Lost World War Two airman’s wedding ring returned after 70 years

Dorothy Webster holds the ring of her dead brother 23-year old British pilot Sgt. John Thompson, in Tirana Monday, March 9, 2015 . Thompson crashed in Albania Oct. 29, 1944 while transporting materials to the local anti-Nazi partisan fighters. Sgt. John Thompson, a British World War II special operation pilot, was considered missing in action for more than 70 years. Not anymore. On Monday, his 92-year-old sister Dorothy Webster received his ring from a family in Albania together with a box of debris from his Halifax bomber that crashed in the eastern European country on Oct. 29, 1944 . (AP Photo/Hektor Pustina)

Dorothy Webster holds the ring of her dead brother 23-year old British pilot Sgt. John Thompson, in Tirana Monday, March 9, 2015 . Thompson crashed in Albania Oct. 29, 1944 while transporting materials to the local anti-Nazi partisan fighters. Sgt. John Thompson, a British World War II special operation pilot, was considered missing in action for more than 70 years. Not anymore. On Monday, his 92-year-old sister Dorothy Webster received his ring from a family in Albania together with a box of debris from his Halifax bomber that crashed in the eastern European country on Oct. 29, 1944 . (AP Photo/Hektor Pustina)

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The family of a lost World War Two airman have at long last been reunited with his wedding ring - 70 years after he went missing in the Albanian mountains.

Following an appeal in the Matlock Mercury for family of the Flight Sergeant John Thompson to come forward, the paper was able to get in touch with several long-lost relatives of the flight engineer, of Darley Dale, who went missing during a mission over Albania in October 1944, aged 23.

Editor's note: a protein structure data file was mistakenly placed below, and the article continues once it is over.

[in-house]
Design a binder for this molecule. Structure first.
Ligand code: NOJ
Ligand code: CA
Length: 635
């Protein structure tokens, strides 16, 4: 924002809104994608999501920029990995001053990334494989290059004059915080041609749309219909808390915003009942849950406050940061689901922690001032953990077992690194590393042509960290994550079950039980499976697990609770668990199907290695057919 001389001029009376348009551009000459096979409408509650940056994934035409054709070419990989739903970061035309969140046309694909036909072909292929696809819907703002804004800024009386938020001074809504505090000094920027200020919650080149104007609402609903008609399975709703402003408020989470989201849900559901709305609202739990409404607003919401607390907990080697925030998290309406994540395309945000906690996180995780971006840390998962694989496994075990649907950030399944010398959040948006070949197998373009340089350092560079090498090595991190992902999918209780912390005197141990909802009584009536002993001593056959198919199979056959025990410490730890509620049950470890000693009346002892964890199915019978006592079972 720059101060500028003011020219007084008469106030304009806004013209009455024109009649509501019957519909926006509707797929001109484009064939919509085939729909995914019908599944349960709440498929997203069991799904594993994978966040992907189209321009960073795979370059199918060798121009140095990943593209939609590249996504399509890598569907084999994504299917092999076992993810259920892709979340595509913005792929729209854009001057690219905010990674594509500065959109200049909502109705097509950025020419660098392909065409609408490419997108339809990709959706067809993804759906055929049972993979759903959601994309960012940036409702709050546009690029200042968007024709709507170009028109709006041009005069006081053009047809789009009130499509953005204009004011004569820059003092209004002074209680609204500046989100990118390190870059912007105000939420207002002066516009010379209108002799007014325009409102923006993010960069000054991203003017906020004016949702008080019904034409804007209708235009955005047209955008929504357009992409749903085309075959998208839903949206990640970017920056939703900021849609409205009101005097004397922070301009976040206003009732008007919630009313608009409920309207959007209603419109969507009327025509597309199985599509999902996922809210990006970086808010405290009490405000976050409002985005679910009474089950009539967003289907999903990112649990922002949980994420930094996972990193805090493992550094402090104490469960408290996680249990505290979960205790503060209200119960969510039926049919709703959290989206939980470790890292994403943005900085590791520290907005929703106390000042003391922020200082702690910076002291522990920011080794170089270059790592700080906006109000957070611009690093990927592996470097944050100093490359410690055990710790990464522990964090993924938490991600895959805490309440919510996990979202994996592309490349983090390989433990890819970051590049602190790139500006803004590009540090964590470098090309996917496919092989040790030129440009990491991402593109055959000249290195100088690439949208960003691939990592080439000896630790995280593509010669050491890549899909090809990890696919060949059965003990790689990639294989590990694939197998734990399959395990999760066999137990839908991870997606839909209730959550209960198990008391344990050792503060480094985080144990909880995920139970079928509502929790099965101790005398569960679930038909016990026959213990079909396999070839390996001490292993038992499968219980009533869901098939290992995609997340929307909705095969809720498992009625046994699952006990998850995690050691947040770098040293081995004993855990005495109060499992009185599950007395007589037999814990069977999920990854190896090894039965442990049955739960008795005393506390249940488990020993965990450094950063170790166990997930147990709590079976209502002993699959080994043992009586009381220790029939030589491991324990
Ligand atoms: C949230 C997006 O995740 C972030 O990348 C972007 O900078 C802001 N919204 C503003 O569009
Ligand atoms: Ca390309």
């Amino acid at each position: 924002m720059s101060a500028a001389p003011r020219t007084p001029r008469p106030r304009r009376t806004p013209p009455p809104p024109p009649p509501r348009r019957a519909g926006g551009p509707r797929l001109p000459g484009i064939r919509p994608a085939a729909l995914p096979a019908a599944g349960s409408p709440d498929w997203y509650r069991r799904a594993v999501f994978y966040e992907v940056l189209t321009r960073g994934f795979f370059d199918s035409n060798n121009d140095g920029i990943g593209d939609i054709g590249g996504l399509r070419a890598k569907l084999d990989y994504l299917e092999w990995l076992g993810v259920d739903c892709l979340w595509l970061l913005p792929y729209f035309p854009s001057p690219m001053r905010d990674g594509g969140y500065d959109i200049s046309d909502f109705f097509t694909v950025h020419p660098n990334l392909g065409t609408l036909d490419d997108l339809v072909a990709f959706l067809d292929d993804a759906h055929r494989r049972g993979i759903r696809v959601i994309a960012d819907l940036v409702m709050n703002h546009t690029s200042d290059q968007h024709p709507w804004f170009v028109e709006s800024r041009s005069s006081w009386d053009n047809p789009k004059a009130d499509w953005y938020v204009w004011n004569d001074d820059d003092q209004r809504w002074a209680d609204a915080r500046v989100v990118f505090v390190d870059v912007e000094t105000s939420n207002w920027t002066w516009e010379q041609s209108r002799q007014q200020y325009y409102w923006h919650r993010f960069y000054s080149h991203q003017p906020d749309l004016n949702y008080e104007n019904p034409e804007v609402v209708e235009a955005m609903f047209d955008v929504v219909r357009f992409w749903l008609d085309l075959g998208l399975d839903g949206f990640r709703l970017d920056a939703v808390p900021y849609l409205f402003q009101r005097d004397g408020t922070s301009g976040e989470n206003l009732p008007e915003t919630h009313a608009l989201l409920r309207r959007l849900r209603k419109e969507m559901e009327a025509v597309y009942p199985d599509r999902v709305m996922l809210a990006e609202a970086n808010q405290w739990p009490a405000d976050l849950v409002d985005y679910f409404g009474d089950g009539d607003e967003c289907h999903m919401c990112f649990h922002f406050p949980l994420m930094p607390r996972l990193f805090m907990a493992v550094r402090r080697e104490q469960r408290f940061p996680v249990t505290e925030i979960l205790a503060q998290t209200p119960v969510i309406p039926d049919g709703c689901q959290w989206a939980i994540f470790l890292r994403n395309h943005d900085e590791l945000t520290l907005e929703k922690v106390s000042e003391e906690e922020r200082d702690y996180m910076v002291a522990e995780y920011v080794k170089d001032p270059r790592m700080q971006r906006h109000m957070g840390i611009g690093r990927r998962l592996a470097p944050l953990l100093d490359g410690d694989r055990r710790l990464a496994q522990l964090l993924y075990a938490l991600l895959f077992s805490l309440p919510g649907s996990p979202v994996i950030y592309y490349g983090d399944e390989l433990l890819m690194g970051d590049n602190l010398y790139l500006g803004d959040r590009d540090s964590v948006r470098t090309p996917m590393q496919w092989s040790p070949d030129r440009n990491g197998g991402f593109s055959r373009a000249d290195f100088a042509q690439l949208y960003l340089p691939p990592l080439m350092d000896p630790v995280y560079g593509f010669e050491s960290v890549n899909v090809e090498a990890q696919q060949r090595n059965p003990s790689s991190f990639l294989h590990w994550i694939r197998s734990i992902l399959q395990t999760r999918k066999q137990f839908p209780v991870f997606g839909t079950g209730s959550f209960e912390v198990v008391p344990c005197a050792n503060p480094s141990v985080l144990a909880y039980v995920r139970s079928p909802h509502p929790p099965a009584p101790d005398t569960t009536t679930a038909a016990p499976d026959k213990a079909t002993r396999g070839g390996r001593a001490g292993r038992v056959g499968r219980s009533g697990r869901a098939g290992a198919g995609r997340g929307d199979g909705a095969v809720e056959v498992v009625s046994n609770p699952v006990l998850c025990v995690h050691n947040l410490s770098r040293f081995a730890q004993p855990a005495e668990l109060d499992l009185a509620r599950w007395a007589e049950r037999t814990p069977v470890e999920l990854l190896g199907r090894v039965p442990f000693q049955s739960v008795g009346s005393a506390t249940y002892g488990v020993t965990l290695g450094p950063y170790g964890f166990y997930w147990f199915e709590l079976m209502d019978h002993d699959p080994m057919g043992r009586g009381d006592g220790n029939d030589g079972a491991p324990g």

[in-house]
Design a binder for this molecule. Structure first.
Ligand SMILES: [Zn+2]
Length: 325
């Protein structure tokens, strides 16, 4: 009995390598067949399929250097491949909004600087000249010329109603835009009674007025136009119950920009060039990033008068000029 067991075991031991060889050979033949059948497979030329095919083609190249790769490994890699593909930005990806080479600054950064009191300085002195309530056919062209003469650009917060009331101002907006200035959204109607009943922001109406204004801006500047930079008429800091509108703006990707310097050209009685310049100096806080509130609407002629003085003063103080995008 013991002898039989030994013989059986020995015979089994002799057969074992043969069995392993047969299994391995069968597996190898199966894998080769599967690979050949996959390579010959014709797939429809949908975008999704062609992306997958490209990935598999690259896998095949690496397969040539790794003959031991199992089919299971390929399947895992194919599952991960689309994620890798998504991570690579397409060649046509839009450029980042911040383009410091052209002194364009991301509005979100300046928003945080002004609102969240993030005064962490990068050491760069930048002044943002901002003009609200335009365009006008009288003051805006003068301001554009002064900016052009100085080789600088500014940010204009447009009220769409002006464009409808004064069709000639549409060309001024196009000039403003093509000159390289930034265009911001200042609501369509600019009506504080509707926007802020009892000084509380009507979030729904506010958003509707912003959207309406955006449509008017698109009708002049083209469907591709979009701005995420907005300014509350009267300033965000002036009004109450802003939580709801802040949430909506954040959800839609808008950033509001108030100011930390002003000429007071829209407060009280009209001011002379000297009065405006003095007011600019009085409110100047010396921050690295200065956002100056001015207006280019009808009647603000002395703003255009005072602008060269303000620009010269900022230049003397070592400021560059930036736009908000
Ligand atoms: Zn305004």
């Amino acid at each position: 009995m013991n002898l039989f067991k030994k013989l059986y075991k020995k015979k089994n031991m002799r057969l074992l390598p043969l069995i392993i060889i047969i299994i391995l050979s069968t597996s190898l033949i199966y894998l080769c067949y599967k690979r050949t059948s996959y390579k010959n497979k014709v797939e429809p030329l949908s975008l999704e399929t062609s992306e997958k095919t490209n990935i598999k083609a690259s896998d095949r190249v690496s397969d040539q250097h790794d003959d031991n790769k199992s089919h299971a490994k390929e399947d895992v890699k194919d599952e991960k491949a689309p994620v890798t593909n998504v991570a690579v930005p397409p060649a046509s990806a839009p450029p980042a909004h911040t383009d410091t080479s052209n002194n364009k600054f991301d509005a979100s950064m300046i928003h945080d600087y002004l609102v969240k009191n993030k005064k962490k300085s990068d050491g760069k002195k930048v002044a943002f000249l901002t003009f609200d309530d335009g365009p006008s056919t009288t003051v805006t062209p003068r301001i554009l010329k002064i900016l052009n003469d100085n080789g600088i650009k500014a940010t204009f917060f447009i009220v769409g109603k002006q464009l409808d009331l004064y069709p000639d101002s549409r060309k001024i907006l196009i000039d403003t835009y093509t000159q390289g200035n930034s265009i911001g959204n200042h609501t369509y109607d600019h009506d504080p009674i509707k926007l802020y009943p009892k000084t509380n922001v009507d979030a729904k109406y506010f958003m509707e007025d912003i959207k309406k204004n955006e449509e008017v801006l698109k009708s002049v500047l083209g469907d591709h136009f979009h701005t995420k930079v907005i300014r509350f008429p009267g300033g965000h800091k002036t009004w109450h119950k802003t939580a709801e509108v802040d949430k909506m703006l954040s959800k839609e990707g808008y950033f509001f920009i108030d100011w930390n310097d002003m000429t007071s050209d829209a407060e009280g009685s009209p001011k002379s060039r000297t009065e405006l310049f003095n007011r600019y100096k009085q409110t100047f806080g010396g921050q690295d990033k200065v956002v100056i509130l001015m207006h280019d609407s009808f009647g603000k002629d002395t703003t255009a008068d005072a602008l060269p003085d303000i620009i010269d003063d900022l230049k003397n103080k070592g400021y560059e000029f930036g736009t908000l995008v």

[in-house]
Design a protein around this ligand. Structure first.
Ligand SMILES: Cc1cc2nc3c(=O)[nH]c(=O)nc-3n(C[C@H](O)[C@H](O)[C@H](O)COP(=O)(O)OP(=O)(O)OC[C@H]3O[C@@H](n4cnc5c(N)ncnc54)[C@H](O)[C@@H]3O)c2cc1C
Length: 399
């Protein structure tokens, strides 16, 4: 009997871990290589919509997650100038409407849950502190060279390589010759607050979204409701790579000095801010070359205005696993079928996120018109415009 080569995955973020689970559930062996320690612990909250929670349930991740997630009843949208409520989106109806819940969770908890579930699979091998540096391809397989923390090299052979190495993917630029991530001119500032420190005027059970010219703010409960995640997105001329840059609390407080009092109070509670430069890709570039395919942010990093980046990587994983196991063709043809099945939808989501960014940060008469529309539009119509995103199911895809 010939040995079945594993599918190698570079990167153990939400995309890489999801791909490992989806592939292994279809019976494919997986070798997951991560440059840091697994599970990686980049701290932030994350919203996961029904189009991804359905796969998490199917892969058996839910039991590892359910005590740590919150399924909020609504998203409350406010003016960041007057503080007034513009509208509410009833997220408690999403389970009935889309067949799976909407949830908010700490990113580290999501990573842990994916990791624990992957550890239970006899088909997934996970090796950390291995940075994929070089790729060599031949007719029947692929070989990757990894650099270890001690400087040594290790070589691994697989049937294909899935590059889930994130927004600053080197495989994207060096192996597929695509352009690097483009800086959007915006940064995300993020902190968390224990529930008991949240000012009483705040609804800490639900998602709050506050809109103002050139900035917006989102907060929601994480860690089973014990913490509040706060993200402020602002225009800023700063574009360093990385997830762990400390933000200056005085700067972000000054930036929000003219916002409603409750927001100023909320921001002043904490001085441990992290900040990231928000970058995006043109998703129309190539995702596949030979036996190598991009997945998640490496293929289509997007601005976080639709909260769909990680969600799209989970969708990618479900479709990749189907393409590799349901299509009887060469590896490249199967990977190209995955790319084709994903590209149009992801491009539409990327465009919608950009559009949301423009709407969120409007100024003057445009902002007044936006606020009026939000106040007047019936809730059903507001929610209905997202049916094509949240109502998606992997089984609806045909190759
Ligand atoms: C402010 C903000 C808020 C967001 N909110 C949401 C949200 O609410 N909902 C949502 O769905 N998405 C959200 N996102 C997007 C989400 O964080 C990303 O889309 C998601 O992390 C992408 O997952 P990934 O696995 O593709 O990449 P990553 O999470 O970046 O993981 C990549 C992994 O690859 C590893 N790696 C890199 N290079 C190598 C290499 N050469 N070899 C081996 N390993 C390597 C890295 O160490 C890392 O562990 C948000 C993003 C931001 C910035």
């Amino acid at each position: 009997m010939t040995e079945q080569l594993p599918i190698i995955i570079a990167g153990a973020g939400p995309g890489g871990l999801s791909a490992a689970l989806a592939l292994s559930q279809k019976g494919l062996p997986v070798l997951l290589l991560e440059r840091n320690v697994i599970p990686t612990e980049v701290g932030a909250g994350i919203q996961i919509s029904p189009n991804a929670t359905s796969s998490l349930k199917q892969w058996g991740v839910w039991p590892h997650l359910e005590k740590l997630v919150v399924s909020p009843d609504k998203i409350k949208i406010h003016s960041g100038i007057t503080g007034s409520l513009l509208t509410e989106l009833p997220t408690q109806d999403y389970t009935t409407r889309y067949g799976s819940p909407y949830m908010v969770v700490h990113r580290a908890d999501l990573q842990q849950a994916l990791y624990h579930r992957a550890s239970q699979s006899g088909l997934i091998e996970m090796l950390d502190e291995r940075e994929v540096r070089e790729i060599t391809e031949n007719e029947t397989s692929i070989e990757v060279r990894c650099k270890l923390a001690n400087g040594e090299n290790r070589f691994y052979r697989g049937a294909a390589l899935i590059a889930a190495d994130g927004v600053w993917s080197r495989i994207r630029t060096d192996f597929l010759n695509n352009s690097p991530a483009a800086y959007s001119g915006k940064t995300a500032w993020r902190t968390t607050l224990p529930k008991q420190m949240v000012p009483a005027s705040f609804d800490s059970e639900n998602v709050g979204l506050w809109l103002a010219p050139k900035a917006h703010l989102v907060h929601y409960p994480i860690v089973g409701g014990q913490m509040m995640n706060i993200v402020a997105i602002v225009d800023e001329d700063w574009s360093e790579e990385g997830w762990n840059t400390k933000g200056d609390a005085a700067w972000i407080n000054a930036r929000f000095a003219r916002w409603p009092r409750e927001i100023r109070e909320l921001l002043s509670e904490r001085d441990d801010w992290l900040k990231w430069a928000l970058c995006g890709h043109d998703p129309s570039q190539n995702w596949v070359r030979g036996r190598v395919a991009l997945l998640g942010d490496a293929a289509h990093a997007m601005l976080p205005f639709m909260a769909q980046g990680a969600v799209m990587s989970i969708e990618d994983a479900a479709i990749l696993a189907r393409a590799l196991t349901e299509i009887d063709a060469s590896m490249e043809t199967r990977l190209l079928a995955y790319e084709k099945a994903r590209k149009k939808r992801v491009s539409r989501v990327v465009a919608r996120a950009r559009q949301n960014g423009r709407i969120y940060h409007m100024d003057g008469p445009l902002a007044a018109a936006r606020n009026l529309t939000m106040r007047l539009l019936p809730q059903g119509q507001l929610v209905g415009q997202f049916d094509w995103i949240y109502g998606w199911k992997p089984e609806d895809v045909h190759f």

Among them was his sister and oldest surviving relative, 92-year-old Dorothy Webster, of Matlock Green, who travelled over to Eastern Europe this week along with other family members to be reunited with the ring.

Chris Casey, of the US Embassy in Tirana, Albania, originally contacted the Matlock Mercury last year with news that a wedding ring inscribed with the names ‘John and Joyce’ had been found near the wreckage of an RAF Halifax Ml11, from the 148 Squadron.

The ring had actually been discovered in 1960 by Jaho Cala who, afraid of informing the Communist authorities of its existence, hid it in his home for decades.

Eventually, he asked his son Xhemil Cala to find out who it belonged to, and the son approached the British and American embassies in Tirana.

The wreckage of the plane was discovered by a team of British and US officials in October last year - then the search for the owner of the ring began.

Flt Sgt John Thompson met his sweetheart Joyce Mozley, from Hackney, in London, while she was at St Elphin’s School, in Darley Dale.

The pair married in June 1944, but only spent a weekend together as man and wife before he was posted abroad.

It is now known that he was part of a crew on board a plane dropping supplies to resistance fighters in Albania when it hit a mountain range and crash.

The flight sergeant was declared missing in action and his family was left to imagine what had become of him over the decades that followed.

Kevin Thompson, whose father Joseph Henry Thompson had been John’s brother, said getting the ring back meant the family could finally have some ‘closure’.

“I was always told by my dad that noone knew where he was and that the ring has been found and given back to his sister is great,” he commented.

Dorothy, one of only three of John’s ten siblings who is still alive, was also presented with a fuel gauge from the aircraft and a rock from the mountain into which it crashed at the ceremony on Monday.